The big uncertainty comes from the Big Bro. Where exactly US president-elect Trump is going to steer international politics, remains a mystery. Will he be predictable? Can America’s allies rely on him? Or are international relations mere “business”, a “deal” in his eyes? Or maybe he would turn out a capable diplomat? Does the US still see itself as a leader in global politics, or it’ll continue the process of withdrawing from international matters and losing influence, but this time willingly? And who would fill that void, and how? Wouldn’t that be a retreat of democracy, and a chance for various despotic systems to assert themselves? And most importantly, will America continue to consider itself part of an alliance, of the Western world, or it would choose to shut itself from the rest of the world, close itself within, look inside, and focus on “making itself great again”? In any case, 2017 is going to be a transition year. Transition to what, though – that’s the big question. And transitions are tough.
2016 also saw the revival of Putin’s Russia, despite the economic obstacles put by her rivals and the inherent structural disadvantages that define its economy and society. Russia is asserting its positions again, growing from a mere regional power (as Obama used to disparagingly characterize it), to a global player. Putin is actively meddling in the Middle East gambit, he’s also pressuring a number of European countries as well. The bad thing is, Russia doesn’t usually have the habit of using diplomatic means to meet its objectives – they’re too quick to resort to military solutions.
Russia is methodically and willingly, cynically practicing a sort of brutal violence that cannot be met with diplomacy – in Syria actively, and in frozen conflicts like Ukraine passively. Russia’s return to the world scene means a return of military interventions, proxy wars, regime change, and nation-building all across the world. The West has no other choice but to respond in kind, if it is to survive as a bloc. Again, Trump’s ambiguous position regarding America’s allies, is emboldening Putin, while causing concerns in the West.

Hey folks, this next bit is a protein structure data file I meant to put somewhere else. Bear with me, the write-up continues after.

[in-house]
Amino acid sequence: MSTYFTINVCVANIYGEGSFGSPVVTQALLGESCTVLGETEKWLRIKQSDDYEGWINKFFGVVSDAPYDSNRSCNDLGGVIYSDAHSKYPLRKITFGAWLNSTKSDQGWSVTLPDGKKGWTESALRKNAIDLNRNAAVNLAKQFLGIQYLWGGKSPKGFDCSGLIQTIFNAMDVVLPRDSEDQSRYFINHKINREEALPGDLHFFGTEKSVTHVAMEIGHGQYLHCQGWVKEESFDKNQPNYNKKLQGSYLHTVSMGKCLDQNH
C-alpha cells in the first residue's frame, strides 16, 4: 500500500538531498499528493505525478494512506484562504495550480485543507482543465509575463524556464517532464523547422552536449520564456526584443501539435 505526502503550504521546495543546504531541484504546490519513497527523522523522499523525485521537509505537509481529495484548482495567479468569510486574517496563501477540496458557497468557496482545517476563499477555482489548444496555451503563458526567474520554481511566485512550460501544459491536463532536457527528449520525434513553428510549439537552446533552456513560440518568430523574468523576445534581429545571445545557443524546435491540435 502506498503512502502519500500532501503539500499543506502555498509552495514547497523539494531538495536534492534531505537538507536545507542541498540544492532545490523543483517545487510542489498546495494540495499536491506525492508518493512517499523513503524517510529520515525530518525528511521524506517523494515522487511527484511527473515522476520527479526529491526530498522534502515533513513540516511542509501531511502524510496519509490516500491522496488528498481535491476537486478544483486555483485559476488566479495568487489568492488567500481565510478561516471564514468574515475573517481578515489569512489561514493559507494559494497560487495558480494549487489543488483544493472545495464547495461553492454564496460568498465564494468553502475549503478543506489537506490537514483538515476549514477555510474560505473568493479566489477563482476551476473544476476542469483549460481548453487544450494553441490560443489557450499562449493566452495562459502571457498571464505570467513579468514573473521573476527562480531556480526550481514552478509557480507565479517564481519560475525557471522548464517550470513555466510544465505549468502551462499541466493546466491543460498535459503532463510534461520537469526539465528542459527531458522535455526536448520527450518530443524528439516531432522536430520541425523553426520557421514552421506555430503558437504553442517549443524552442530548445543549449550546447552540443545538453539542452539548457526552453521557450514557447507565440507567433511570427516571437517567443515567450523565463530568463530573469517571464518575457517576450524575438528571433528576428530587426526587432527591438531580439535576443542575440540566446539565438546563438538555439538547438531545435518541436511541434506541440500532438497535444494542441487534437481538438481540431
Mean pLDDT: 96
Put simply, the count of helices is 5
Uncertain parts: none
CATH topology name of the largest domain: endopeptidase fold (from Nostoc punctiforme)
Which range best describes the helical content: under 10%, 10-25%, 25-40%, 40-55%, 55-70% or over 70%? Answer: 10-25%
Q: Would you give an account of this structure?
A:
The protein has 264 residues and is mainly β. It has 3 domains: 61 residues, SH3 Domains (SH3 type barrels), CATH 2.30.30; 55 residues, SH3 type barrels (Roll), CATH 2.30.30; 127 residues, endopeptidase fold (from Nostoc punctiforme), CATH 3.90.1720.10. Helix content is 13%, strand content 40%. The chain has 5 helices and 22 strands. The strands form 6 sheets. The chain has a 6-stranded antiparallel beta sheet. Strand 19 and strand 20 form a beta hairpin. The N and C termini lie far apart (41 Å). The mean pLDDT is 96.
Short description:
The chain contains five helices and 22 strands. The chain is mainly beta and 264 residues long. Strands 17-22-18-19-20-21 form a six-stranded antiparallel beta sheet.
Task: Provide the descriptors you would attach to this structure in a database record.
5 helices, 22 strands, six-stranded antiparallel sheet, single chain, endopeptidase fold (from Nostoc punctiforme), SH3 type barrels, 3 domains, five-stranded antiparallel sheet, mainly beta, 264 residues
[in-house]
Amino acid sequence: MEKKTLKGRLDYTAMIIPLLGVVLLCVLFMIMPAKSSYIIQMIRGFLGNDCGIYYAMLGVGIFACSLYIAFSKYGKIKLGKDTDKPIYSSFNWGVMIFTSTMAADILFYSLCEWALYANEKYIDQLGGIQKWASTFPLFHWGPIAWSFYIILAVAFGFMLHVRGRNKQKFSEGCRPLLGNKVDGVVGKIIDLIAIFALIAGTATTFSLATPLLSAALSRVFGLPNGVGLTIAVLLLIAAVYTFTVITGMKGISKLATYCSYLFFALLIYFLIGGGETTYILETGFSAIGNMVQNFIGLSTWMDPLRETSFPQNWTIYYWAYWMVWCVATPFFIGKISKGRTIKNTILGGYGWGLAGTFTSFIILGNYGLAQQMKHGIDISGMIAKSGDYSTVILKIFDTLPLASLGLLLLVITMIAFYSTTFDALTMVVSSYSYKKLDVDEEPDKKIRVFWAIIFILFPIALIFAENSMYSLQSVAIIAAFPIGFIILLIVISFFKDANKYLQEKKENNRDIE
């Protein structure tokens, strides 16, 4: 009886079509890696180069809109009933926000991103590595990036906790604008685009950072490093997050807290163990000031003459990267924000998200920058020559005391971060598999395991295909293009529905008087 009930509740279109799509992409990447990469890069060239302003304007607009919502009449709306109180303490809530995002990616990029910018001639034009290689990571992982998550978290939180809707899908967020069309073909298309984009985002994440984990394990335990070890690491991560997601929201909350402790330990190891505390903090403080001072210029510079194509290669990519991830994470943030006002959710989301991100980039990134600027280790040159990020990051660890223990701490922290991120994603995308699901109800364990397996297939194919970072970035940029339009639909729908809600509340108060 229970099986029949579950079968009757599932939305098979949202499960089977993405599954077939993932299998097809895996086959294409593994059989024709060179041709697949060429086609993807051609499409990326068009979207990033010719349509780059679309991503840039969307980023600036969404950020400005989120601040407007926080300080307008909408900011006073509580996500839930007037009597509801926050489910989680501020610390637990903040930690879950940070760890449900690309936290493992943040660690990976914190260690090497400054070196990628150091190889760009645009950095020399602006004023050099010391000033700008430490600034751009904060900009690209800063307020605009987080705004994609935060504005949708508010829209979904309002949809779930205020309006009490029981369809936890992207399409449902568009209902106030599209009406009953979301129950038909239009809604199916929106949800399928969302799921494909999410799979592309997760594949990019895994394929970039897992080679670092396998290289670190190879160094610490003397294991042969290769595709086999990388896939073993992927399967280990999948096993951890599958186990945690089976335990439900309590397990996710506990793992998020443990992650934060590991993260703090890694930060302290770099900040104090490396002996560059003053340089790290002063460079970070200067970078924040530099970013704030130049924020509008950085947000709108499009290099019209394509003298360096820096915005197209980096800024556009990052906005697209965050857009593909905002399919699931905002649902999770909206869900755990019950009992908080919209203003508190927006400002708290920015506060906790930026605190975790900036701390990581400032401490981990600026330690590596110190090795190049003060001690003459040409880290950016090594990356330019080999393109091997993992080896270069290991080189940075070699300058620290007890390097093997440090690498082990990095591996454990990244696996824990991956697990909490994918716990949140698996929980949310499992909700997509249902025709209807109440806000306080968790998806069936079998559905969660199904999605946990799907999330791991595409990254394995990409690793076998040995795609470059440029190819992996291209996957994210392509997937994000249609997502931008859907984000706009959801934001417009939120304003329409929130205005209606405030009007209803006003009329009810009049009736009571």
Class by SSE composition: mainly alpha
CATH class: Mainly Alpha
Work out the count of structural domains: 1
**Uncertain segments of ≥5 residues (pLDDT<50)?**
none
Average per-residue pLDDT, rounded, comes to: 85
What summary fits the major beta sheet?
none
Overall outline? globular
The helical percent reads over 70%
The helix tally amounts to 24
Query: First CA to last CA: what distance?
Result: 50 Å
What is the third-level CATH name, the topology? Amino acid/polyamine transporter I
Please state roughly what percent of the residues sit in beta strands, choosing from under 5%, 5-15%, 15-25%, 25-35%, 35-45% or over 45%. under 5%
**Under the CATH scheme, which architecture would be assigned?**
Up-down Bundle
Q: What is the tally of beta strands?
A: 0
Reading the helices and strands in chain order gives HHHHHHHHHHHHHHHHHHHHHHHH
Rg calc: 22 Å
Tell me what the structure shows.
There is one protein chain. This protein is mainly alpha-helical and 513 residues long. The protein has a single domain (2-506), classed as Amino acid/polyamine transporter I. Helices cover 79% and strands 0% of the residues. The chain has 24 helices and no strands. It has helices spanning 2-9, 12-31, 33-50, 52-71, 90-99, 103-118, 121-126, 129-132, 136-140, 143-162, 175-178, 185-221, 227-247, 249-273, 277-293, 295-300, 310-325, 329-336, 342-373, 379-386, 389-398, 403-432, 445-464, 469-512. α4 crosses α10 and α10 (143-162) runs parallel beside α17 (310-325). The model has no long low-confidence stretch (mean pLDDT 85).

Let’s not forget China, either. Their economic growth may’ve slowed down from its previous bombastic levels, but the thing is, China has matured, and set the stage for jumping to the big stage as well. They’re amping up their military presence in territories that they consider crucial for their geopolitical goals – and they’ll stop at nothing; they’ll gradually and methodically work to achieve them. This will cause another zone of geopolitical clashes, and a dangerous stand-off with other regional and global players.
Again, Germany remains one of the few bastions of stability and sanity (to some extent; though some might disagree, especially given the way they’ve handled the migrant issue) – and they might be compelled to take a more active role in settling things down, even if they don’t necessarily like this. On the other hand, such a more assertive Germany would inevitably cause other EU members to protest, and possibly react. All in all, it’s unlikely that we could find a single area in the world, which would boast of a more stable situation at the end of 2017 than the end of 2016. And the peaceful solutions to the problems seem to be slipping away at an alarming rate already.